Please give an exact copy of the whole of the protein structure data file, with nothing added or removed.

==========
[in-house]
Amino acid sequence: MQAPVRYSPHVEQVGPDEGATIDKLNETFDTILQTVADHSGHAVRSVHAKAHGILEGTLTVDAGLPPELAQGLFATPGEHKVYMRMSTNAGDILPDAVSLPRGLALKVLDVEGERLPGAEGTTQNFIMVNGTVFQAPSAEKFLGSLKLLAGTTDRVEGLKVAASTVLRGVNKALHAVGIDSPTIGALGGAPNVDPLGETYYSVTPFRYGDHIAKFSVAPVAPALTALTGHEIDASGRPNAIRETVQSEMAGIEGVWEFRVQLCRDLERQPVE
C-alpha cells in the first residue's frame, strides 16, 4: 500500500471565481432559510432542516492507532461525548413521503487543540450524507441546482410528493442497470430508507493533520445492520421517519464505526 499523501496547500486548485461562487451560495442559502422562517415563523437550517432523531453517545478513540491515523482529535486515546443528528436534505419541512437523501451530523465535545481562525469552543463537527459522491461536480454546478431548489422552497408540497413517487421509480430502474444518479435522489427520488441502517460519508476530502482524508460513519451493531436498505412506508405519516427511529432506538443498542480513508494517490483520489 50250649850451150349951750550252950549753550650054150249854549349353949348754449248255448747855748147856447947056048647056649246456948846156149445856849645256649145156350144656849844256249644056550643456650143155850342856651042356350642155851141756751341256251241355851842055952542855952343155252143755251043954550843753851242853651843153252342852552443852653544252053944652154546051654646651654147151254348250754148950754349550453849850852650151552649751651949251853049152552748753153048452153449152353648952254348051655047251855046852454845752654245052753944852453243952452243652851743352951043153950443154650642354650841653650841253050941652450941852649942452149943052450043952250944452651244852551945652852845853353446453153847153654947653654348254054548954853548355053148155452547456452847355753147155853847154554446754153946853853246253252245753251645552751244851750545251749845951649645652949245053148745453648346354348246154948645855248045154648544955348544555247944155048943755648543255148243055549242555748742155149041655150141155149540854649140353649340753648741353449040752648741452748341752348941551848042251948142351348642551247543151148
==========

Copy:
[in-house]
Amino acid sequence: MQAPVRYSPHVEQVGPDEGATIDKLNETFDTILQTVADHSGHAVRSVHAKAHGILEGTLTVDAGLPPELAQGLFATPGEHKVYMRMSTNAGDILPDAVSLPRGLALKVLDVEGERLPGAEGTTQNFIMVNGTVFQAPSAEKFLGSLKLLAGTTDRVEGLKVAASTVLRGVNKALHAVGIDSPTIGALGGAPNVDPLGETYYSVTPFRYGDHIAKFSVAPVAPALTALTGHEIDASGRPNAIRETVQSEMAGIEGVWEFRVQLCRDLERQPVE
C-alpha cells in the first residue's frame, strides 16, 4: 500500500471565481432559510432542516492507532461525548413521503487543540450524507441546482410528493442497470430508507493533520445492520421517519464505526 499523501496547500486548485461562487451560495442559502422562517415563523437550517432523531453517545478513540491515523482529535486515546443528528436534505419541512437523501451530523465535545481562525469552543463537527459522491461536480454546478431548489422552497408540497413517487421509480430502474444518479435522489427520488441502517460519508476530502482524508460513519451493531436498505412506508405519516427511529432506538443498542480513508494517490483520489 50250649850451150349951750550252950549753550650054150249854549349353949348754449248255448747855748147856447947056048647056649246456948846156149445856849645256649145156350144656849844256249644056550643456650143155850342856651042356350642155851141756751341256251241355851842055952542855952343155252143755251043954550843753851242853651843153252342852552443852653544252053944652154546051654646651654147151254348250754148950754349550453849850852650151552649751651949251853049152552748753153048452153449152353648952254348051655047251855046852454845752654245052753944852453243952452243652851743352951043153950443154650642354650841653650841253050941652450941852649942452149943052450043952250944452651244852551945652852845853353446453153847153654947653654348254054548954853548355053148155452547456452847355753147155853847154554446754153946853853246253252245753251645552751244851750545251749845951649645652949245053148745453648346354348246154948645855248045154648544955348544555247944155048943755648543255148243055549242555748742155149041655150141155149540854649140353649340753648741353449040752648741452748341752348941551848042251948142351348642551247543151148